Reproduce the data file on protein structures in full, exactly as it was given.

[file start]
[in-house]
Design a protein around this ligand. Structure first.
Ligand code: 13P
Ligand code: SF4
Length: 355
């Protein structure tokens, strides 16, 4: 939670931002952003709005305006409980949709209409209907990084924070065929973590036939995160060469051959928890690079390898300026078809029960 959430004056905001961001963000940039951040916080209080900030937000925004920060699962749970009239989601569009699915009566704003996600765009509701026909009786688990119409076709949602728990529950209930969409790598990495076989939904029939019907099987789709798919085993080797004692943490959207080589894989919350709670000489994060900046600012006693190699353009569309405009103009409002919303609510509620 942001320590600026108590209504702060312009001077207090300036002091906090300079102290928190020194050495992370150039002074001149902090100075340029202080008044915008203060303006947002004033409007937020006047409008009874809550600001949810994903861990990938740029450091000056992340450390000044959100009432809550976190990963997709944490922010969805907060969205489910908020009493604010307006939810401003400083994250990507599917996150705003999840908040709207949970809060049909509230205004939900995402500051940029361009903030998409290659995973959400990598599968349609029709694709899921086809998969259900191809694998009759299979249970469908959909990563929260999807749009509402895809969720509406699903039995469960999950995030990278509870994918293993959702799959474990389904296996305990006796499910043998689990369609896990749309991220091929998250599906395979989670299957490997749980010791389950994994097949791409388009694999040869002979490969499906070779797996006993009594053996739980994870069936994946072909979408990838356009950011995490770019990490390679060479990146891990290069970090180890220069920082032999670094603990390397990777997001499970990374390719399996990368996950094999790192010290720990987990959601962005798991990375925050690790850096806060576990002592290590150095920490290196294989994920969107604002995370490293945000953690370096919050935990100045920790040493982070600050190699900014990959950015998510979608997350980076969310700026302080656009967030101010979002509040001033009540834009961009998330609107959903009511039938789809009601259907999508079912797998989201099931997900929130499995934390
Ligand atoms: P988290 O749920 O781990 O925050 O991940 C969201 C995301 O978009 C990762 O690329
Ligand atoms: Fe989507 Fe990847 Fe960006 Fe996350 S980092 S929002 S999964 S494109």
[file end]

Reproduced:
[in-house]
Design a protein around this ligand. Structure first.
Ligand code: 13P
Ligand code: SF4
Length: 355
């Protein structure tokens, strides 16, 4: 939670931002952003709005305006409980949709209409209907990084924070065929973590036939995160060469051959928890690079390898300026078809029960 959430004056905001961001963000940039951040916080209080900030937000925004920060699962749970009239989601569009699915009566704003996600765009509701026909009786688990119409076709949602728990529950209930969409790598990495076989939904029939019907099987789709798919085993080797004692943490959207080589894989919350709670000489994060900046600012006693190699353009569309405009103009409002919303609510509620 942001320590600026108590209504702060312009001077207090300036002091906090300079102290928190020194050495992370150039002074001149902090100075340029202080008044915008203060303006947002004033409007937020006047409008009874809550600001949810994903861990990938740029450091000056992340450390000044959100009432809550976190990963997709944490922010969805907060969205489910908020009493604010307006939810401003400083994250990507599917996150705003999840908040709207949970809060049909509230205004939900995402500051940029361009903030998409290659995973959400990598599968349609029709694709899921086809998969259900191809694998009759299979249970469908959909990563929260999807749009509402895809969720509406699903039995469960999950995030990278509870994918293993959702799959474990389904296996305990006796499910043998689990369609896990749309991220091929998250599906395979989670299957490997749980010791389950994994097949791409388009694999040869002979490969499906070779797996006993009594053996739980994870069936994946072909979408990838356009950011995490770019990490390679060479990146891990290069970090180890220069920082032999670094603990390397990777997001499970990374390719399996990368996950094999790192010290720990987990959601962005798991990375925050690790850096806060576990002592290590150095920490290196294989994920969107604002995370490293945000953690370096919050935990100045920790040493982070600050190699900014990959950015998510979608997350980076969310700026302080656009967030101010979002509040001033009540834009961009998330609107959903009511039938789809009601259907999508079912797998989201099931997900929130499995934390
Ligand atoms: P988290 O749920 O781990 O925050 O991940 C969201 C995301 O978009 C990762 O690329
Ligand atoms: Fe989507 Fe990847 Fe960006 Fe996350 S980092 S929002 S999964 S494109």